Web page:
Another hallucination and another passing out later, Kim is officially part of the club! Hooray? After chatting with Fima at the bookstore, we learn that woman who died at the beginning was Lilith, Fima’s daughter, who wasn’t strong enough. Strong enough for what, I don’t know. They never really get into what this cult’s ultimate plan is. Maybe it’s to get Clint Howard laid, in which case, mission accomplished. Anywho, Kim has now taken the place of Lilith and must sacrifice a man or else she will be set ablaze too. Always read the fine print when you join a cult.
So the plan is a Christmas kidnapping (hey, there’s the tie in to the series) of Hank’s little brother Lonnie, which goes pretty smoothly actually (after Ricky murders his parents, of course), where he is to be sacrificed on the roof, should Kim fulfill her destiny. Or do you think she will kill Fiona and Ricky, thus adopting Lonnie and appearing briefly in the sequel?
At the end of the movie, you will slump back in your sofa with a nearly permanent dumbfound expression on your face and think, “What the hell did that have to do with Christmas?” and “How did this series get so far away from what made the original so great?” I get that they wanted to do something different, but that’s not always a good thing, especially when the movie isn’t even relatable to neither the series or a certain holiday it’s supposed to take place during. It’s really mind boggling that someone felt that a sequel to Silent Night, Deadly Night 3 needed to be rushed immediately, saw this script and thought, “Perfect!” The characters are so one dimensional, that it makes comic strip characters seem full of life. Everyone seems to be playing a harsh stereotype of something, whether it’s how chauvinistic men can be or the powerful witchy women, it seems like someone had a single view on how people are represented and rolled with it. They make the Punch-Out games look subtle in their stereotyping. Not all is bad though, I mean, the practical effects are pretty good, but you get good stuff when it’s a Brian Yuzna film with Screaming Mad George effects. It’s goopy and gross and it’s sure to capture the holiday spirit.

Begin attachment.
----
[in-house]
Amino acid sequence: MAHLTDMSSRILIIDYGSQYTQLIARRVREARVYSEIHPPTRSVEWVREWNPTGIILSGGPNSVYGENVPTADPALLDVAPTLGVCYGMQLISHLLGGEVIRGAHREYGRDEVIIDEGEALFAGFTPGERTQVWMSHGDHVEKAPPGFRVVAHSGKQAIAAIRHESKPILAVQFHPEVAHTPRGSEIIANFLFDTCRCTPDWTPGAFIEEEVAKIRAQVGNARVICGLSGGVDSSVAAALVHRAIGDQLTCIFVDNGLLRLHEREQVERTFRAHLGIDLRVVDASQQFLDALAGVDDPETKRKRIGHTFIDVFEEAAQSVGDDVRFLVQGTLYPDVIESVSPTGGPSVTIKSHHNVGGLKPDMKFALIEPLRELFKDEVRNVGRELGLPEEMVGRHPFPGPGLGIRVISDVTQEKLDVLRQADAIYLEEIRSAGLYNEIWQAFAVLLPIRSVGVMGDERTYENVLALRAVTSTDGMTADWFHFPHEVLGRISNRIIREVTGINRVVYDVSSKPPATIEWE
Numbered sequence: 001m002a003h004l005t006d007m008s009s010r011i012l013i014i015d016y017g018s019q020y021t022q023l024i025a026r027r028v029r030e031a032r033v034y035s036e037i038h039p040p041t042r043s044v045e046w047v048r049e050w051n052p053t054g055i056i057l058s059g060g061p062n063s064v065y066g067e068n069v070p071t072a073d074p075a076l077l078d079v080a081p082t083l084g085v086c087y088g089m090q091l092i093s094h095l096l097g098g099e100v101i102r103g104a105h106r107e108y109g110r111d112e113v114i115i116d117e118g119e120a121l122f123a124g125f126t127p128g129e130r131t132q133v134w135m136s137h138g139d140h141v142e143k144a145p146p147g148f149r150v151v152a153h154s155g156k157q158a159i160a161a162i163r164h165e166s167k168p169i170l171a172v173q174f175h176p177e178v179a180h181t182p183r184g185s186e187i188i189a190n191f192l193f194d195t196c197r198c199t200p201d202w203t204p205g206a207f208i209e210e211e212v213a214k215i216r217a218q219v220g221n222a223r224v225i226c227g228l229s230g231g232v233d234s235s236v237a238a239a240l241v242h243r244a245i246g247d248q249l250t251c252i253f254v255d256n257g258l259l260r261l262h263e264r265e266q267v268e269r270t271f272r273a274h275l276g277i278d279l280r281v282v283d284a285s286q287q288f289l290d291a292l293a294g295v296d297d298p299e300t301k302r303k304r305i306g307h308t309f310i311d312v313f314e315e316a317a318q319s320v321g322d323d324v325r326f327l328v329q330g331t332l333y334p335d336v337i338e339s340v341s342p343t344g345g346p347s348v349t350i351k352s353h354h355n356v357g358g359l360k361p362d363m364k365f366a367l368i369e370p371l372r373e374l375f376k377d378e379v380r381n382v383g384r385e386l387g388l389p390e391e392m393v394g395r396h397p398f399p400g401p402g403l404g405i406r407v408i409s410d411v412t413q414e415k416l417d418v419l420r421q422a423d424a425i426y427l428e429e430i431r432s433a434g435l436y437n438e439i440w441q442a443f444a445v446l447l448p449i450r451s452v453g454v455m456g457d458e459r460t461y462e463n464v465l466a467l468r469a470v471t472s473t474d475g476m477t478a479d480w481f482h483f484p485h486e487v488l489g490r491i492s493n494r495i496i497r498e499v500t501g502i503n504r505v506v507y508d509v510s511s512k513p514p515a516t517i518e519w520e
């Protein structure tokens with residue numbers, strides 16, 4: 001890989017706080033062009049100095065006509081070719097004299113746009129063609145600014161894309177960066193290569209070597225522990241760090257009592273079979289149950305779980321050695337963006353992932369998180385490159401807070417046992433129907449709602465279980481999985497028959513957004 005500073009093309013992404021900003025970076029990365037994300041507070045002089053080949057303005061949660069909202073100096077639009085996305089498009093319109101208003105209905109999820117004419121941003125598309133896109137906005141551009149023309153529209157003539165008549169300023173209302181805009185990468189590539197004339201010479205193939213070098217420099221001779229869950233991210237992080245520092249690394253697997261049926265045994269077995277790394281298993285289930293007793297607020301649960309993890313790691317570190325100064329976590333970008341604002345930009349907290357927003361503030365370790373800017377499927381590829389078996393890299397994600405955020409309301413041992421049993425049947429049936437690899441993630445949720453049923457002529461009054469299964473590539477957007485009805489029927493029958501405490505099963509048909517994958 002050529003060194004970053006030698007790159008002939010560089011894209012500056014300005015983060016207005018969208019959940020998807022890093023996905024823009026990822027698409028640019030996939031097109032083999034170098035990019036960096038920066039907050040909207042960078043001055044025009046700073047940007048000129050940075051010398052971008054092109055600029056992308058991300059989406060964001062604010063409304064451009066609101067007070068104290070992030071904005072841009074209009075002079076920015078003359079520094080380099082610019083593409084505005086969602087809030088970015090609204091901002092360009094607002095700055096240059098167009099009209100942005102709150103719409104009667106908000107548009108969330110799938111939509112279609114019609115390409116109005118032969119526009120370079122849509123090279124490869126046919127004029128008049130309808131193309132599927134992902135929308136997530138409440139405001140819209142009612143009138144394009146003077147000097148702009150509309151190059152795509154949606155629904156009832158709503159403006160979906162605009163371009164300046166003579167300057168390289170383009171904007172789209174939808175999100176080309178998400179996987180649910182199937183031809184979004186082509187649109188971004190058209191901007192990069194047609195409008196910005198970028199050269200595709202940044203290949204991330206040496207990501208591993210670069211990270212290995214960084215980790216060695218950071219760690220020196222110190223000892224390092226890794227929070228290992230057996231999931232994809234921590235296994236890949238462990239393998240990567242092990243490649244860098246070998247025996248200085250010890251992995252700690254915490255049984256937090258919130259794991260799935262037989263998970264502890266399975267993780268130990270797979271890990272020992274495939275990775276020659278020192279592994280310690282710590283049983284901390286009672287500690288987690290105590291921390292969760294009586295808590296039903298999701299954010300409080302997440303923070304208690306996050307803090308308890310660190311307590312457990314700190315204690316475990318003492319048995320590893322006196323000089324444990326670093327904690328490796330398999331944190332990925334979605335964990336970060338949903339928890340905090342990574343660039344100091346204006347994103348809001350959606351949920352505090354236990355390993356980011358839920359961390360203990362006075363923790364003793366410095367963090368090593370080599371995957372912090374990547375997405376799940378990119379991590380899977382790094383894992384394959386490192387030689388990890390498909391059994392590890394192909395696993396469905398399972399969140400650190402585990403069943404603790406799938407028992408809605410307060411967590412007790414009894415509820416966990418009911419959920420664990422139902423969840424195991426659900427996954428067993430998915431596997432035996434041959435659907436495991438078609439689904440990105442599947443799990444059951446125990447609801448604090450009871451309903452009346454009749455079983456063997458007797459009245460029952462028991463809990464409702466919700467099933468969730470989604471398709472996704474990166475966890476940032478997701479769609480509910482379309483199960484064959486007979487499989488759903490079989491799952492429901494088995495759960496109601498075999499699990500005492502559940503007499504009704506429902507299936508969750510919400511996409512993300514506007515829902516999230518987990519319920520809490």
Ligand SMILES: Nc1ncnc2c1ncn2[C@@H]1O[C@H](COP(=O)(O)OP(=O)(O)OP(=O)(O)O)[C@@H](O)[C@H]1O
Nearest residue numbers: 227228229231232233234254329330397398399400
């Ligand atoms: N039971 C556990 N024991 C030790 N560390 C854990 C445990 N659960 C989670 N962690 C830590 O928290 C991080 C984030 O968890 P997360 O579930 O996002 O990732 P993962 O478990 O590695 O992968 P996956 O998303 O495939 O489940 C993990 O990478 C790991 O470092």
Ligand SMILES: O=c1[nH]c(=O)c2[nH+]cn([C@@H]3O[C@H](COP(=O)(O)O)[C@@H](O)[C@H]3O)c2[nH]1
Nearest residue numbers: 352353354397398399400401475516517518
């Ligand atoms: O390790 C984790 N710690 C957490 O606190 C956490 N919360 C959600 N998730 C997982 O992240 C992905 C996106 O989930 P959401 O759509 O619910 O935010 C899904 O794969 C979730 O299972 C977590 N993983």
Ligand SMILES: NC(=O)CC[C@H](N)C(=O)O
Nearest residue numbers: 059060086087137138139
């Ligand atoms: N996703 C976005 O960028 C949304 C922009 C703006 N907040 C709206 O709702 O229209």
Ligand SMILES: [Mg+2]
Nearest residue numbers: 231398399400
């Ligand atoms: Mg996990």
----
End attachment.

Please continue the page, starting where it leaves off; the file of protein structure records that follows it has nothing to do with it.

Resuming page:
As far as the Silent Night, Deadly Night series goes, Initiation is by far the most detached, having dropped the whole killer Santa angle. After Part 2, for whatever reason, the films become more Sci-Fi influenced, which is a really bizarre decision for Christmas themed movies. They most likely wanted to try something different, a new spin on something old, but if there is anything the slasher genre should have learned, it’s that you should never stray away from the formula. In this case though, I don’t think it would matter. Even if you take it out of the franchise and look at it as its own film, Initiation really isn’t that interesting and it should be, most likely due to the flat feeling I’ve continuously mentioned. Aside from the few gross out moments that are intentionally thrown at you for the sake of being gross, there is nothing of value or entertaining to watch.
If there is anything Silent Night, Deadly Night 4: Initiation has taught me, it’s that men are chauvinistic pigs and women are mystical cult witches with super powers. Can’t trust anyone. Anyway, with giant maggots, women on fire and a sweaty, naked Clint Howard, I say Merry Christmas!